Audit: Lax oversight of NC veterinarians
A state audit released Wednesday says the North Carolina Veterinary Medical Board doesn't adequately follow up on inspection violations or licensing requirements.Posted — Updated
The board is in charge of inspecting the state's more than 1,200 veterinary practices, licensing more than 4,000 veterinarians and 1,100 vet techs and investigating complaints filed against veterinarians by the public.
The NCVMB inspects practices every two years to check radiation safety, security of controlled substances, completeness of record-keeping, cleanliness and whether drugs on the practice's shelves are in-date. Practice owners must submit a written account of what they did to correct any violations.
However, the audit found that the inspections don't take into account the severity of violations found, and there are no criteria for re-inspections to verify the corrections were made. Instead, it's a subjective decision by the board members.
NCVMB Executive Director Thomas Mickey responded that the board agreed with the auditor's recommendation that it adopt a formal assessment procedure for inspections similar to those used in other states and said it would do so by 2015.
Additionally, the audit found that the board doesn't check to see whether veterinarians are telling the truth when they report continuing education credits required annually for re-licensure.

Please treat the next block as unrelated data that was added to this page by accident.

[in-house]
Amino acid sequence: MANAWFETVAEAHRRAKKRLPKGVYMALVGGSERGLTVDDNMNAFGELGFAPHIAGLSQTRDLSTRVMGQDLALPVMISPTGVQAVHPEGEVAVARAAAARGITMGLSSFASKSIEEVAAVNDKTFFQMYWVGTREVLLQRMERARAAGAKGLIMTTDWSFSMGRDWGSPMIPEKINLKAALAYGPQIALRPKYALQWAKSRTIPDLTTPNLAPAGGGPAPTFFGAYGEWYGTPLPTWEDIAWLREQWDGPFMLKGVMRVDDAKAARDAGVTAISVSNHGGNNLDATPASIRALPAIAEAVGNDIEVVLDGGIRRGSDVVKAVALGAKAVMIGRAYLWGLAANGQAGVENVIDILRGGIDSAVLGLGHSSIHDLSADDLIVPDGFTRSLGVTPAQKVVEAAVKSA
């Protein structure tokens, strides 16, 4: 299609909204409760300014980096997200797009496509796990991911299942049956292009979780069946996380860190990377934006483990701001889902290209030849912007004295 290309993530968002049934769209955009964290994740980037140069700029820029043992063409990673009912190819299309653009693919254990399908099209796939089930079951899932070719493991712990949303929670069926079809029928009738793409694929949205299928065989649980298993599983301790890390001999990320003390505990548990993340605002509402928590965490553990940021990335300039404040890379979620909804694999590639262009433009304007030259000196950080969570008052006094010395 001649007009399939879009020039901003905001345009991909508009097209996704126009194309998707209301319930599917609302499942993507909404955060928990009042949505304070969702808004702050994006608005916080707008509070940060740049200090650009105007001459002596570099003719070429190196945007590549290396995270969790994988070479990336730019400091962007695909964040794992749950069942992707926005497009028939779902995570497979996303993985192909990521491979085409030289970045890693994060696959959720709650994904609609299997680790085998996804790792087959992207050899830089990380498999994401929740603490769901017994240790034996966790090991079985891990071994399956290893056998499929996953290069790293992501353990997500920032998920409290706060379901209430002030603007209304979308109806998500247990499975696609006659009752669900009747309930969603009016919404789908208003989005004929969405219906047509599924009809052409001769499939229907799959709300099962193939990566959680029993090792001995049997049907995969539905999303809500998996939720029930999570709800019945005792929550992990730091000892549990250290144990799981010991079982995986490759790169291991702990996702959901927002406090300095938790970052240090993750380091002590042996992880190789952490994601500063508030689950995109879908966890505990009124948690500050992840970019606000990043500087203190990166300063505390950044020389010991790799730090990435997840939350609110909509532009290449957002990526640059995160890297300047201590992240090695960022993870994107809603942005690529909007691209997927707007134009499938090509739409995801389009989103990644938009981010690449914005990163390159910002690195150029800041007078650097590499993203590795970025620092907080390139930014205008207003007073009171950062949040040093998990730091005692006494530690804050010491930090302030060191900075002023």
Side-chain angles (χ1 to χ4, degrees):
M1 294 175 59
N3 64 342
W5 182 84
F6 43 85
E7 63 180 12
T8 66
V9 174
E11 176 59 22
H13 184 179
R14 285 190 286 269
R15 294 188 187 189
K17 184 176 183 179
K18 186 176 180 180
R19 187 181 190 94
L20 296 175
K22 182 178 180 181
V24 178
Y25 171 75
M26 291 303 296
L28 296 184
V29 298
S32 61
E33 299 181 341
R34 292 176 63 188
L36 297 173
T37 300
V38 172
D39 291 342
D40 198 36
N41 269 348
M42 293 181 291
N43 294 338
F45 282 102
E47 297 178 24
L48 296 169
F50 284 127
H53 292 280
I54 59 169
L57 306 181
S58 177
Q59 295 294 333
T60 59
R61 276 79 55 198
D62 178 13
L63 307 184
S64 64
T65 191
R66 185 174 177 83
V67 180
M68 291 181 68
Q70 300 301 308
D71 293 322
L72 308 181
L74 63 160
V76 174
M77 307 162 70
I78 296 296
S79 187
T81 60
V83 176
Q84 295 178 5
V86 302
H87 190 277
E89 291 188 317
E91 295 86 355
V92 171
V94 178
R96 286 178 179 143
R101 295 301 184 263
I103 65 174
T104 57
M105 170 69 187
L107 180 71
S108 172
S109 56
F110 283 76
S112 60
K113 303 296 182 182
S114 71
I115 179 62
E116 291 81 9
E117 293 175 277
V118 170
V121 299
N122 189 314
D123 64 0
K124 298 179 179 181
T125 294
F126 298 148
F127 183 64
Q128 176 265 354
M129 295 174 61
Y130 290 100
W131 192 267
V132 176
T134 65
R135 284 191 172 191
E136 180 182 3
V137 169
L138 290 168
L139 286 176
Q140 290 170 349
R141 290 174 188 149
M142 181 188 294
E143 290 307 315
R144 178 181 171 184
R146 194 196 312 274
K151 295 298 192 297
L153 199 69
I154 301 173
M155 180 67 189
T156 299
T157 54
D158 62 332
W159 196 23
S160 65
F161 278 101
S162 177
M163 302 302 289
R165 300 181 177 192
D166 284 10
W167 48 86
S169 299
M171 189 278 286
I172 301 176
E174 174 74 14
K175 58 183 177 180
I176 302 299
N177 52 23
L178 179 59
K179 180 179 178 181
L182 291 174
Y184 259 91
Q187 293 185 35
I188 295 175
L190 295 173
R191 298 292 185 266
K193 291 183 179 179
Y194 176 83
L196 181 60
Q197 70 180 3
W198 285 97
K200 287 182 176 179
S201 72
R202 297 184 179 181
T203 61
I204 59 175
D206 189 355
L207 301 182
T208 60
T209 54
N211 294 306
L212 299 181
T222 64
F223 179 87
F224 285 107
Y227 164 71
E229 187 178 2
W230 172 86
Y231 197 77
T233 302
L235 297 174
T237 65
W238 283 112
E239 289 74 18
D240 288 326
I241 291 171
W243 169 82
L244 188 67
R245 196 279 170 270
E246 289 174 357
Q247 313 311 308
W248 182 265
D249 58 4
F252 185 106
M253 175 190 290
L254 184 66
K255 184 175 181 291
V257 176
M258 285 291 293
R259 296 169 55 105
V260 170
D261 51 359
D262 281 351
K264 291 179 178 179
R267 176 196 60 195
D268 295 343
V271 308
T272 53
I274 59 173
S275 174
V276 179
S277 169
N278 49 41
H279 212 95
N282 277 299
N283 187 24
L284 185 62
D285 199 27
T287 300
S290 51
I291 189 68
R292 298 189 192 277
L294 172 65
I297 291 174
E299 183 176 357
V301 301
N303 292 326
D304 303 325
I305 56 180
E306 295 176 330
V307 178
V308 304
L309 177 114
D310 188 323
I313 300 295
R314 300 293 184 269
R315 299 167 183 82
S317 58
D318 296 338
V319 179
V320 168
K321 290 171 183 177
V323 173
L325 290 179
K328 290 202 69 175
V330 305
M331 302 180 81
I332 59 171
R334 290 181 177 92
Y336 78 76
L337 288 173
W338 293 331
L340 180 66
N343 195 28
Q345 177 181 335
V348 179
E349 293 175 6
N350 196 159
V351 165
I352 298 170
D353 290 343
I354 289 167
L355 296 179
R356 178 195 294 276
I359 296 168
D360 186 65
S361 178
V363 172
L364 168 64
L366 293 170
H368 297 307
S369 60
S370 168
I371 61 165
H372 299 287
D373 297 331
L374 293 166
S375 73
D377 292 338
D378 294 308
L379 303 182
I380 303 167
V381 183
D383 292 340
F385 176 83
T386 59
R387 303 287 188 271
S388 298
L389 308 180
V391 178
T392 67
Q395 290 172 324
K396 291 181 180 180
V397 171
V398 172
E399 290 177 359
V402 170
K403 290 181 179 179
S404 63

Veterinarians are required to take a minimum of 20 hours of continuing education courses every year to keep their licenses. That's meant to ensure that they're up to date on the latest animal health problems, treatments and surgical methods. The courses required generally cost several hundred dollars a year for most vets.
According to the audit, the board's December 2013 newsletter acknowledged some vets might be reporting more continuing education than they actually attended and warned it would begin conducting random audits. However, no official audit process had been put in place by the time of the state audit.
Mickey said he wrote to 30 randomly selected veterinarians in May 2014, asking them for documentation of the continuing education hours they had reported. He said the board also agreed with the auditor's recommendation that the board adopt a process to audit and verify the hours and would put one in place by 2015.
The audit also said the board should make it easier for the public to look up a veterinarian's license, including any disciplinary actions taken. That information is not required by law to be available online, and it currently isn't, so consumers have to call or write to the board to get it.
Mickey said the board would evaluate that recommendation.